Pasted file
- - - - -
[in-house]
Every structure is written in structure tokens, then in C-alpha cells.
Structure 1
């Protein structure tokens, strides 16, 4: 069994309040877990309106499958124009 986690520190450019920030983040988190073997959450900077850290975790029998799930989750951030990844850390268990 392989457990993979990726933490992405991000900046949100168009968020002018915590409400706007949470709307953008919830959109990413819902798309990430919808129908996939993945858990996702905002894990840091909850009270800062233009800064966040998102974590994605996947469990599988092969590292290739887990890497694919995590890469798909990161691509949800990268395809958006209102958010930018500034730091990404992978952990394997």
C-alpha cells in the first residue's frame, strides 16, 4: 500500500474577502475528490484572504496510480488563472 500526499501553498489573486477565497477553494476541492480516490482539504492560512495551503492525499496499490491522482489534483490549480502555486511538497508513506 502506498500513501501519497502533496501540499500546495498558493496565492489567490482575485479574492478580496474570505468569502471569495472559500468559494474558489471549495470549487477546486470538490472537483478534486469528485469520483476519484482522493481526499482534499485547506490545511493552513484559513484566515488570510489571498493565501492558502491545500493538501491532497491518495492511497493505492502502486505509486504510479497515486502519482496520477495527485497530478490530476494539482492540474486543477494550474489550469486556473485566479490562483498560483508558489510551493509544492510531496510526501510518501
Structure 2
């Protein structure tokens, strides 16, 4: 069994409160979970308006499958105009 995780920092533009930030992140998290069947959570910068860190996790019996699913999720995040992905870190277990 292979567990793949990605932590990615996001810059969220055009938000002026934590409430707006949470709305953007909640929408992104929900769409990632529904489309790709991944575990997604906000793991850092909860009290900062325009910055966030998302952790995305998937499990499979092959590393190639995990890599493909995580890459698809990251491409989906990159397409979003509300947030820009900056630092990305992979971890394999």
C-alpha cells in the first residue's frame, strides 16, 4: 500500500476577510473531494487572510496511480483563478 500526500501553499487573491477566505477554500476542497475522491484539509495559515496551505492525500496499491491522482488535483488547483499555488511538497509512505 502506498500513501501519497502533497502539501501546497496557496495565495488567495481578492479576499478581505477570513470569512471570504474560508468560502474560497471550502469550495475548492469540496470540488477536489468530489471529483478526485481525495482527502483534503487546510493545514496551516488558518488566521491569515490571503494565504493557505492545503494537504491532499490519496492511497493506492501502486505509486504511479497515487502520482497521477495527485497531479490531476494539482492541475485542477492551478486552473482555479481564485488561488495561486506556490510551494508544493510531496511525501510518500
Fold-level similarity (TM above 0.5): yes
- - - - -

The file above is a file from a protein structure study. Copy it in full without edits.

[in-house]
Every structure is written in structure tokens, then in C-alpha cells.
Structure 1
């Protein structure tokens, strides 16, 4: 069994309040877990309106499958124009 986690520190450019920030983040988190073997959450900077850290975790029998799930989750951030990844850390268990 392989457990993979990726933490992405991000900046949100168009968020002018915590409400706007949470709307953008919830959109990413819902798309990430919808129908996939993945858990996702905002894990840091909850009270800062233009800064966040998102974590994605996947469990599988092969590292290739887990890497694919995590890469798909990161691509949800990268395809958006209102958010930018500034730091990404992978952990394997």
C-alpha cells in the first residue's frame, strides 16, 4: 500500500474577502475528490484572504496510480488563472 500526499501553498489573486477565497477553494476541492480516490482539504492560512495551503492525499496499490491522482489534483490549480502555486511538497508513506 502506498500513501501519497502533496501540499500546495498558493496565492489567490482575485479574492478580496474570505468569502471569495472559500468559494474558489471549495470549487477546486470538490472537483478534486469528485469520483476519484482522493481526499482534499485547506490545511493552513484559513484566515488570510489571498493565501492558502491545500493538501491532497491518495492511497493505492502502486505509486504510479497515486502519482496520477495527485497530478490530476494539482492540474486543477494550474489550469486556473485566479490562483498560483508558489510551493509544492510531496510526501510518501
Structure 2
């Protein structure tokens, strides 16, 4: 069994409160979970308006499958105009 995780920092533009930030992140998290069947959570910068860190996790019996699913999720995040992905870190277990 292979567990793949990605932590990615996001810059969220055009938000002026934590409430707006949470709305953007909640929408992104929900769409990632529904489309790709991944575990997604906000793991850092909860009290900062325009910055966030998302952790995305998937499990499979092959590393190639995990890599493909995580890459698809990251491409989906990159397409979003509300947030820009900056630092990305992979971890394999």
C-alpha cells in the first residue's frame, strides 16, 4: 500500500476577510473531494487572510496511480483563478 500526500501553499487573491477566505477554500476542497475522491484539509495559515496551505492525500496499491491522482488535483488547483499555488511538497509512505 502506498500513501501519497502533497502539501501546497496557496495565495488567495481578492479576499478581505477570513470569512471570504474560508468560502474560497471550502469550495475548492469540496470540488477536489468530489471529483478526485481525495482527502483534503487546510493545514496551516488558518488566521491569515490571503494565504493557505492545503494537504491532499490519496492511497493506492501502486505509486504511479497515487502520482497521477495527485497531479490531476494539482492541475485542477492551478486552473482555479481564485488561488495561486506556490510551494508544493510531496511525501510518500
Fold-level similarity (TM above 0.5): yes